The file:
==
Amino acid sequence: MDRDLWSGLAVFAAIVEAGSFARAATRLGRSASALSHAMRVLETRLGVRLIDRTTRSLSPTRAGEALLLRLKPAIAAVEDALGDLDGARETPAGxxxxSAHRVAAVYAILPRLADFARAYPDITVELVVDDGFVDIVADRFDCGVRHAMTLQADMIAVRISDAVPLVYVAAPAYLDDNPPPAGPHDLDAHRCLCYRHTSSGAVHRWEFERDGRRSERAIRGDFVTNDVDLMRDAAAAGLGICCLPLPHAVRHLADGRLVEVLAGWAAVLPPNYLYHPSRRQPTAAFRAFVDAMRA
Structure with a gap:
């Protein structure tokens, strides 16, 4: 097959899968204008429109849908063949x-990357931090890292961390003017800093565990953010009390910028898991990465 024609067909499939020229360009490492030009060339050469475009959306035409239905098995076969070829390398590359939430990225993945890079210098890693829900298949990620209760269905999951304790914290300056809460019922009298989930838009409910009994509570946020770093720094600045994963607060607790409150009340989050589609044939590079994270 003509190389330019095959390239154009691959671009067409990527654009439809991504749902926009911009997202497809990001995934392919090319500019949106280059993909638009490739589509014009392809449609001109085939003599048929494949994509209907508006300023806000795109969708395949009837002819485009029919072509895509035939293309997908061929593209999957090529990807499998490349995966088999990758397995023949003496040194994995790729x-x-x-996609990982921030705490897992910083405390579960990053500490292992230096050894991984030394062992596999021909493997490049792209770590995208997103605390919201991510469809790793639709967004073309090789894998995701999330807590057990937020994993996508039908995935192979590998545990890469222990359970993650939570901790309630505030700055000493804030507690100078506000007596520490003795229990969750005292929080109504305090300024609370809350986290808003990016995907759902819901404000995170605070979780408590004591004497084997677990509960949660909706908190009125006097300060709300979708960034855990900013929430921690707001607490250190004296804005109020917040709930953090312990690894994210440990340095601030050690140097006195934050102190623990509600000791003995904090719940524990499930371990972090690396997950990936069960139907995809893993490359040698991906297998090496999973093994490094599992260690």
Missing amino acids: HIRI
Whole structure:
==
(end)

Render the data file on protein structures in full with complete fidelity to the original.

Amino acid sequence: MDRDLWSGLAVFAAIVEAGSFARAATRLGRSASALSHAMRVLETRLGVRLIDRTTRSLSPTRAGEALLLRLKPAIAAVEDALGDLDGARETPAGxxxxSAHRVAAVYAILPRLADFARAYPDITVELVVDDGFVDIVADRFDCGVRHAMTLQADMIAVRISDAVPLVYVAAPAYLDDNPPPAGPHDLDAHRCLCYRHTSSGAVHRWEFERDGRRSERAIRGDFVTNDVDLMRDAAAAGLGICCLPLPHAVRHLADGRLVEVLAGWAAVLPPNYLYHPSRRQPTAAFRAFVDAMRA
Structure with a gap:
């Protein structure tokens, strides 16, 4: 097959899968204008429109849908063949x-990357931090890292961390003017800093565990953010009390910028898991990465 024609067909499939020229360009490492030009060339050469475009959306035409239905098995076969070829390398590359939430990225993945890079210098890693829900298949990620209760269905999951304790914290300056809460019922009298989930838009409910009994509570946020770093720094600045994963607060607790409150009340989050589609044939590079994270 003509190389330019095959390239154009691959671009067409990527654009439809991504749902926009911009997202497809990001995934392919090319500019949106280059993909638009490739589509014009392809449609001109085939003599048929494949994509209907508006300023806000795109969708395949009837002819485009029919072509895509035939293309997908061929593209999957090529990807499998490349995966088999990758397995023949003496040194994995790729x-x-x-996609990982921030705490897992910083405390579960990053500490292992230096050894991984030394062992596999021909493997490049792209770590995208997103605390919201991510469809790793639709967004073309090789894998995701999330807590057990937020994993996508039908995935192979590998545990890469222990359970993650939570901790309630505030700055000493804030507690100078506000007596520490003795229990969750005292929080109504305090300024609370809350986290808003990016995907759902819901404000995170605070979780408590004591004497084997677990509960949660909706908190009125006097300060709300979708960034855990900013929430921690707001607490250190004296804005109020917040709930953090312990690894994210440990340095601030050690140097006195934050102190623990509600000791003995904090719940524990499930371990972090690396997950990936069960139907995809893993490359040698991906297998090496999973093994490094599992260690």
Missing amino acids: HIRI
Whole structure: